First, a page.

The Role of an HOA Project Coordinator

TRANSCRIPT:
My name is Ben Tryon, I’m the property coordinator here at CAP Management. What that means is, the property managers, five of them, are out at their 50-plus properties all throughout the week, so they’re only actually in the office about 15 percent of the time, or are working remotely on their laptops. So, calls and emails come in here to me, and I have all the tools, the same tools they have available to them, and I’m kind of the, well the voice on the line for homeowners, board members, vendors, etc, when dealing with your HOA.

Say a homeowner calls in and they have an issue, I give them the tools, as well as lead them towards an understanding of HOA management and homeowner responsibilities. That, in turn, is all based on the governing document: the declarations, the rules, regulations, and the by-laws of a community. None of the decisions made are capricious, or are on a whim. They’re all based off of legal documents, and are guided in that regard. A homeowner calls in about a plumbing leak, we help determine where the homeowner lives, what floor, what type of leak it is, where it is located, what is being affected in the unit, and in the building at large, and then move towards a decision from there.

I enter in most of those work orders, as well as develop those relationships with vendors, and then if there’s a larger project at hand, I will develop their request for proposal for a vendor and have those minimum three vendors out and bidding, and negotiating for contracts with the board member and the property manager for the HOA. I also lend a hand to the property manager for larger tasks, or I will take things off of their plate. For example, in downtown Denver, there is a program that is designed by the city to reduce energy and energy costs through electricity and natural gas minimalization and making buildings greener, and of a more environmentally viable status. So that program is something that I help administer for all of our HOAs, to make them more coherent with the vision of Denver and of greener properties.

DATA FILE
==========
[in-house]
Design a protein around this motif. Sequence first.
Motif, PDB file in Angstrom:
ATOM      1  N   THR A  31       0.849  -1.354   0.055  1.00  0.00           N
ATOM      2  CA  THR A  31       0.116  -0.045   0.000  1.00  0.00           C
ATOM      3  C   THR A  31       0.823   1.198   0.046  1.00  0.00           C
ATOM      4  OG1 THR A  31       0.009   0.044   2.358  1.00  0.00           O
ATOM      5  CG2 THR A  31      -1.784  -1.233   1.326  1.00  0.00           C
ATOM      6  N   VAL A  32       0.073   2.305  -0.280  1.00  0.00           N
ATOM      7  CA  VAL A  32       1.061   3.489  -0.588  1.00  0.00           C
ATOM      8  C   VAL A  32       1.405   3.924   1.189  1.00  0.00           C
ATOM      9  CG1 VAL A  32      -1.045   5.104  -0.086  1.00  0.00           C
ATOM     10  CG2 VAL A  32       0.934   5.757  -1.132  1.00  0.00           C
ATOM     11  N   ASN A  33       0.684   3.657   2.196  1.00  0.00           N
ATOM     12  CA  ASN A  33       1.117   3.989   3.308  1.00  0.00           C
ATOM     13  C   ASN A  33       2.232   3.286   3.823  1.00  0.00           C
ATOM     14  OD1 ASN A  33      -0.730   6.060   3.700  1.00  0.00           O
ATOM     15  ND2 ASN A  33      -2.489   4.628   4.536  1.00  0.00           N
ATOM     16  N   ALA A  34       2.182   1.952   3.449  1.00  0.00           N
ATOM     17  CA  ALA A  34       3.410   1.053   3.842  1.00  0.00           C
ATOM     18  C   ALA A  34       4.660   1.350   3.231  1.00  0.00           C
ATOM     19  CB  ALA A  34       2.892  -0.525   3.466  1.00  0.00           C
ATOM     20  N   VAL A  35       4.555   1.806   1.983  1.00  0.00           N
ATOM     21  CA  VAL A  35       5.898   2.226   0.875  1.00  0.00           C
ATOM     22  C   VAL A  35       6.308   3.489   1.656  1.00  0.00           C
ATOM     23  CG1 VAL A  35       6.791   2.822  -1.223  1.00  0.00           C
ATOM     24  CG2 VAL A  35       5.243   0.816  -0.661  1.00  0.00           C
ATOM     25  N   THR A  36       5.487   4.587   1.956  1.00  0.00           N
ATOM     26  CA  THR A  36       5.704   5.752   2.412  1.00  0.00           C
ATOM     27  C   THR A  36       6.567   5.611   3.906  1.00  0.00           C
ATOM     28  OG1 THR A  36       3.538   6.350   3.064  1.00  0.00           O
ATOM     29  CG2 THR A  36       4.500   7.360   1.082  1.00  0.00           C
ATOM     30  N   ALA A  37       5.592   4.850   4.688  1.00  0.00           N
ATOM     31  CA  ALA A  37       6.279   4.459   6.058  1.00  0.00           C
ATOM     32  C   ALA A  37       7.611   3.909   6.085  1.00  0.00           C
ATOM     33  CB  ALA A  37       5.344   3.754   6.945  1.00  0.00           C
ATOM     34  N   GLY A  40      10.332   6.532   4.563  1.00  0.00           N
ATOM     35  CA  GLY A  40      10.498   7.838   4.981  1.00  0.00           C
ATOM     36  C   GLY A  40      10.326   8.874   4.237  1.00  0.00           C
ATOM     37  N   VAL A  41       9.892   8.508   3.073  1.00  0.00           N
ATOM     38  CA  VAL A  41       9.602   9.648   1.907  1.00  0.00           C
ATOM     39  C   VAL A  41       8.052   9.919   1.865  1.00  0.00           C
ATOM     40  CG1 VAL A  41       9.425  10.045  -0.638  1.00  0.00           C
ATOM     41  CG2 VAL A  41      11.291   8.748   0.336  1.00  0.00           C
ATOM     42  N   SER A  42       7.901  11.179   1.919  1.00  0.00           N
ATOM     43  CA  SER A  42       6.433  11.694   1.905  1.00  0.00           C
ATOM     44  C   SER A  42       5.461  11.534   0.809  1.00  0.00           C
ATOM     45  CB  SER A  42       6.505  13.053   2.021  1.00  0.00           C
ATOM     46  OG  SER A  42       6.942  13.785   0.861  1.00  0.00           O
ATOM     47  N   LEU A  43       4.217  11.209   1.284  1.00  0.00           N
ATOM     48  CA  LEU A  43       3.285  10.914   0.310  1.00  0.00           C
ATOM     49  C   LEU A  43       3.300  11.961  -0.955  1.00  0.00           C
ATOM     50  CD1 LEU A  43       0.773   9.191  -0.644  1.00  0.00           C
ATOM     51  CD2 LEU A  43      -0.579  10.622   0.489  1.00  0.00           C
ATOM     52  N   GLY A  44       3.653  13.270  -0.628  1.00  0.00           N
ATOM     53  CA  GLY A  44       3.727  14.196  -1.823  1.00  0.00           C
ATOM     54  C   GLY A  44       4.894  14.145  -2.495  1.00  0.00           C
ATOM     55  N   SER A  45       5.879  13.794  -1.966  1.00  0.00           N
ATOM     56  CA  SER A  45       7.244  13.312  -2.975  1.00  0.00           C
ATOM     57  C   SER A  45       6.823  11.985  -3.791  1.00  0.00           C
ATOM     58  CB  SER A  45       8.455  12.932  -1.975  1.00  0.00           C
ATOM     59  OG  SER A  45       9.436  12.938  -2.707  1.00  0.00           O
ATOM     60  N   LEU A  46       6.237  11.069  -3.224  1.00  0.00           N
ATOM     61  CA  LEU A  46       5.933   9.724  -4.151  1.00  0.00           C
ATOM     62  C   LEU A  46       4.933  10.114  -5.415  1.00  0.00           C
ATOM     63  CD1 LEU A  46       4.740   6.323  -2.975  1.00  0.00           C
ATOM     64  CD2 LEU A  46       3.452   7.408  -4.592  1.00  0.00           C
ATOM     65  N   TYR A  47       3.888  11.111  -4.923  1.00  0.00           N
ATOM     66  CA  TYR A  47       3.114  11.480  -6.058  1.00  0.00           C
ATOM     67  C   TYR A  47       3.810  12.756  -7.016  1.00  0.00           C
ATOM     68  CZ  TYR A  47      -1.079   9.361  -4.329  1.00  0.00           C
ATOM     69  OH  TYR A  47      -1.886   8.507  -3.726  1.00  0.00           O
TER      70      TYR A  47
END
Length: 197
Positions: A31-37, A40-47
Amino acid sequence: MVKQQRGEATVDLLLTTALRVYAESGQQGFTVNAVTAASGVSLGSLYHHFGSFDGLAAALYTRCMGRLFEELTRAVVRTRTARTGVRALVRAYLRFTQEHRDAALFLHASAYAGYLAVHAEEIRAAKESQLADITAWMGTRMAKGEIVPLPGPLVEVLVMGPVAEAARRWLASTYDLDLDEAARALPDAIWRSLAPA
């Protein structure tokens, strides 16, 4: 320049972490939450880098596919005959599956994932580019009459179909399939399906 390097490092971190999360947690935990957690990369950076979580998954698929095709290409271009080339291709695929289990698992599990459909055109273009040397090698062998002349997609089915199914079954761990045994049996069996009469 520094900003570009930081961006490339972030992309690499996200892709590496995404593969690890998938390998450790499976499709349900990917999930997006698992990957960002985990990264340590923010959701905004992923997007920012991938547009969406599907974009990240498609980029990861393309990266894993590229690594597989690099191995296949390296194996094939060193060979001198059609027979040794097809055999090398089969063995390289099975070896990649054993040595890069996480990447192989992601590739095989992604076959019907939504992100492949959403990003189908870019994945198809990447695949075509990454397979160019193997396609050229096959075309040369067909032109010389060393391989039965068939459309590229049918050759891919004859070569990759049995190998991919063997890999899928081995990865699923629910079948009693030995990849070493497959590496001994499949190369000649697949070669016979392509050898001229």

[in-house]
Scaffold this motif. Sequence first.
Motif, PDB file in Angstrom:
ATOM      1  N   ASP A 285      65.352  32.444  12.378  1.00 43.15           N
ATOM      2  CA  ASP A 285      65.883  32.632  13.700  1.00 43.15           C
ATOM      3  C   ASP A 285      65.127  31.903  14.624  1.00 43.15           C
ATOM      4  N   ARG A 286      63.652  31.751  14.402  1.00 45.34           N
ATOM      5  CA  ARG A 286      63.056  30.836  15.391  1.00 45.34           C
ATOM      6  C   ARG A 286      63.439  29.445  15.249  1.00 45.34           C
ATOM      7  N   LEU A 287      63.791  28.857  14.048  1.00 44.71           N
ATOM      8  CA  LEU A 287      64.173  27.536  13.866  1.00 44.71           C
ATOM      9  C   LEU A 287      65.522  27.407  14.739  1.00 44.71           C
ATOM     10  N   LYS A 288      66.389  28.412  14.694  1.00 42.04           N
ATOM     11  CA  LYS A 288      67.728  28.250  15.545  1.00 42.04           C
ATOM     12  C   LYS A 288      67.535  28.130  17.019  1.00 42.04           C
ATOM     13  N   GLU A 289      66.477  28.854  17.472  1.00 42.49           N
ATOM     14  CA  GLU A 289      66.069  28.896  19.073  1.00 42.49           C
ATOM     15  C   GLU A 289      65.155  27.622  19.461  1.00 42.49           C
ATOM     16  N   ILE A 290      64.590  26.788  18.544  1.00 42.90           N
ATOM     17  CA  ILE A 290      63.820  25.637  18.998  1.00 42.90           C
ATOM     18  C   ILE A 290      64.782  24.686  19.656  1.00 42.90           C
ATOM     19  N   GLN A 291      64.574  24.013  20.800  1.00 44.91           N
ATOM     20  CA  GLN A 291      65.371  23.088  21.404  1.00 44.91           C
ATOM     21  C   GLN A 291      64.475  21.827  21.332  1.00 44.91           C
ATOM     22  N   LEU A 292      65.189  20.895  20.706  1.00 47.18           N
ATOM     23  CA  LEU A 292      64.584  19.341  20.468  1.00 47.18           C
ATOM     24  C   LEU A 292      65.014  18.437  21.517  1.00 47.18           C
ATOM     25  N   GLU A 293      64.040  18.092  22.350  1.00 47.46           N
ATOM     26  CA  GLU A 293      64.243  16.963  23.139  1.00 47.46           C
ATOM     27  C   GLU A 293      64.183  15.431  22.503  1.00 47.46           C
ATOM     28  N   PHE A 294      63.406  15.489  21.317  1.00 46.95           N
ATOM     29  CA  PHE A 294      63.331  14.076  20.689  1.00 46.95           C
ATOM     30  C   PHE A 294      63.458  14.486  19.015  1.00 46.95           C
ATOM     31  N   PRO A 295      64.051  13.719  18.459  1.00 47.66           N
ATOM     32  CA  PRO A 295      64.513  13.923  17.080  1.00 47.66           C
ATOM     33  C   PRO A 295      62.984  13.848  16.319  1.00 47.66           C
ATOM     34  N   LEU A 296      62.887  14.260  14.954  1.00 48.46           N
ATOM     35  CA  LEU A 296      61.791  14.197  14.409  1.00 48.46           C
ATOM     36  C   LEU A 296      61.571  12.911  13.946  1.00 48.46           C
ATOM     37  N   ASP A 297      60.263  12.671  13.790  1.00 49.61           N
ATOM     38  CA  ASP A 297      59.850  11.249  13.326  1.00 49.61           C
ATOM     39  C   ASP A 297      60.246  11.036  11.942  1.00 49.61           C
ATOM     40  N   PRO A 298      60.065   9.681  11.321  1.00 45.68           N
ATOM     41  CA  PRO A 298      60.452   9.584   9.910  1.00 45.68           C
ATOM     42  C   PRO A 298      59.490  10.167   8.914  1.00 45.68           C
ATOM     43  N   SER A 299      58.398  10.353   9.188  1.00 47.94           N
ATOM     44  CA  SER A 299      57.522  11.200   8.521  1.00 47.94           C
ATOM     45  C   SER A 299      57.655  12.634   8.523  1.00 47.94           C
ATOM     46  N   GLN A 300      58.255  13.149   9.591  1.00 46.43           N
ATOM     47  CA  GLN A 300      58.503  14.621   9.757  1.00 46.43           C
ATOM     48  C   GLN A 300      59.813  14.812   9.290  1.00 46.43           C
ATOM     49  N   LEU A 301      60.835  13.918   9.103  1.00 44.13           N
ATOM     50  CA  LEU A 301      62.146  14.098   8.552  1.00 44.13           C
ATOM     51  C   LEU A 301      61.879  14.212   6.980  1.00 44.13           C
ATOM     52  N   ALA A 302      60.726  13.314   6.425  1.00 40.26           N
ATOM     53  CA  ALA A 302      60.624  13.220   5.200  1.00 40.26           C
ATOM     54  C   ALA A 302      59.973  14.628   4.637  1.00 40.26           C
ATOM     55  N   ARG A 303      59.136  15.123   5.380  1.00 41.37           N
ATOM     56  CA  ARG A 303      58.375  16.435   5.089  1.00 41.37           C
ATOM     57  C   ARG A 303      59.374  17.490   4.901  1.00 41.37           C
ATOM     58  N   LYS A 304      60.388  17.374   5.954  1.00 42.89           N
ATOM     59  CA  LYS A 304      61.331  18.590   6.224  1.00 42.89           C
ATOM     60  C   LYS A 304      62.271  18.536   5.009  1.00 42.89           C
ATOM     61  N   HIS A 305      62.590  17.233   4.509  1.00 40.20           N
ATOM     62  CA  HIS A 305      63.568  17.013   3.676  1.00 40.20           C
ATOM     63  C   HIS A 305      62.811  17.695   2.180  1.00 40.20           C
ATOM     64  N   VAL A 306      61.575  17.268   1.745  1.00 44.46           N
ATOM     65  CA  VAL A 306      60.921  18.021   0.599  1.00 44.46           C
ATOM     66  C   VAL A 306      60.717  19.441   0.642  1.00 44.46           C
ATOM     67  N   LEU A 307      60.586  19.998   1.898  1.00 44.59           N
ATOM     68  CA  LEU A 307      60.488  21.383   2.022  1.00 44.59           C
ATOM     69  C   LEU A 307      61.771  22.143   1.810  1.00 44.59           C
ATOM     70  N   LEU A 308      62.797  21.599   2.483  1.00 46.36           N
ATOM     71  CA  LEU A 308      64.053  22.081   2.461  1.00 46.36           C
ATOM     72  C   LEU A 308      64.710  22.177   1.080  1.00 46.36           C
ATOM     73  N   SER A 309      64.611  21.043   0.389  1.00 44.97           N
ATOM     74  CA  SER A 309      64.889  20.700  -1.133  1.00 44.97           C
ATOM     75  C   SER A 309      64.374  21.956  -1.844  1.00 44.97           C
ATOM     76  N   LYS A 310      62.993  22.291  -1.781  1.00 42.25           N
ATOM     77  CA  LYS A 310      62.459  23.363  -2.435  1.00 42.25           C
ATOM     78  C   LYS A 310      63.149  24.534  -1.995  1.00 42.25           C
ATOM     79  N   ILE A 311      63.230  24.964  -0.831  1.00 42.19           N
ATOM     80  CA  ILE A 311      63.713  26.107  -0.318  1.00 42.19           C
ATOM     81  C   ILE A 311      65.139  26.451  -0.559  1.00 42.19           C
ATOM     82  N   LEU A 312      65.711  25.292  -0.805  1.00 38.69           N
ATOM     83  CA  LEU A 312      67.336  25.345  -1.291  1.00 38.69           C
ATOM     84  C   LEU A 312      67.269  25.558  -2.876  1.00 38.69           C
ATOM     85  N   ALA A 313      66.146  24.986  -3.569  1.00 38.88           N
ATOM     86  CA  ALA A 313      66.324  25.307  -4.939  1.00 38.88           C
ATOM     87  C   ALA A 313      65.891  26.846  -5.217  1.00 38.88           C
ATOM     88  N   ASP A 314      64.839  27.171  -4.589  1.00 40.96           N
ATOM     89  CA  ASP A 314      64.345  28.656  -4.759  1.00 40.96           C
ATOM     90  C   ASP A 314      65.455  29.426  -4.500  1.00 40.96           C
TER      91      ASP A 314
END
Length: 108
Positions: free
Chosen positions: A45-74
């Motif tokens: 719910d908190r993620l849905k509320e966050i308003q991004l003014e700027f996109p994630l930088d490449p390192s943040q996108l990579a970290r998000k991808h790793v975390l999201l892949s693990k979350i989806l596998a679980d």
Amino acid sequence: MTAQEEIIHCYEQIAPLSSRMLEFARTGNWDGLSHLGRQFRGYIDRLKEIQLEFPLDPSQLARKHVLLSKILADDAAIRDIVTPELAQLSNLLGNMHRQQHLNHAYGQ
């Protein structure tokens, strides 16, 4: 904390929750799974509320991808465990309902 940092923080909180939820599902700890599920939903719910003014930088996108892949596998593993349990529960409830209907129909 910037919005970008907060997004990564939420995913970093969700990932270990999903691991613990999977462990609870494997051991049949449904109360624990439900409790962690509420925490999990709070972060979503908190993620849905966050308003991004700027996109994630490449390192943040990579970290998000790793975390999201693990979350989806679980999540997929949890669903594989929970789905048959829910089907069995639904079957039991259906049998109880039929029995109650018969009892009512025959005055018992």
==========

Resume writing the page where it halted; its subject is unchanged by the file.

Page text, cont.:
So, you can see back here, there is a spreadsheet, typical Excel spreadsheet, that’s color-coded and has different, basically, kind of a medical code in a way. All of it delineates what has been going on at a property, at a specific address, and so forth. A homeowner would call in, and they would be categorized by the different colors, which are five different colors for property managers, Jonathan Cole, Jonathan Ellsworth, John Krajewski, Aaron Monaco, and Chris Stange. Then there is the issue at hand, and then whether I was able to solve it right then and there, or whether I needed to pull in some other individuals, or different entities, and as you can see, this is just one month’s worth, but it’s several hundred calls and contacts each time. And that’s just for the phone calls, not including the emails.

We also try to make sure that each and every homeowner does get a call back, but in order for that to happen, you have to actually leave a message if we don’t pick up. So, we are very good at making sure that we get in contact with you, and in order to do that, we have to know how to get in contact with you. And then I also wanted to point out the emergency pager system. If I’m not here or if it is after hours, we have an emergency line that a homeowner can call with, if you know, there’s something like not a fire, or not a flood, that would be for emergency services. But if there’s something going on that is an emergency, and can’t wait til tomorrow, you call in to this number, and there’s this spreadsheet that shows the security company, electricians, preferred vendors, etc. for all of those.

And then there’s also lockbox combos, and that’s so we can keep our HOA secure, it’s not something we give out to anybody except a vendor or emergency personnel. And then if a property is FHA approved, the last time their boilers and roofs were serviced, or replaced, etc. So we have pictures of a plumbing stack, so we can help parse through problems that are occurring at two, three in the morning, where and how a line’d be affected, and where the homeowner would be. So, all this type of information is part of that emergency spreadsheet, it’s something that all of our property managers have access to from a remote server, so that we can be of service to our homeowners day and night, and we take the direction from the board members, and then using that direction, help to administer the decisions for the property. A lot of that comes down to me as the property coordinator.

So, thanks for your time, I’m Ben Tryon.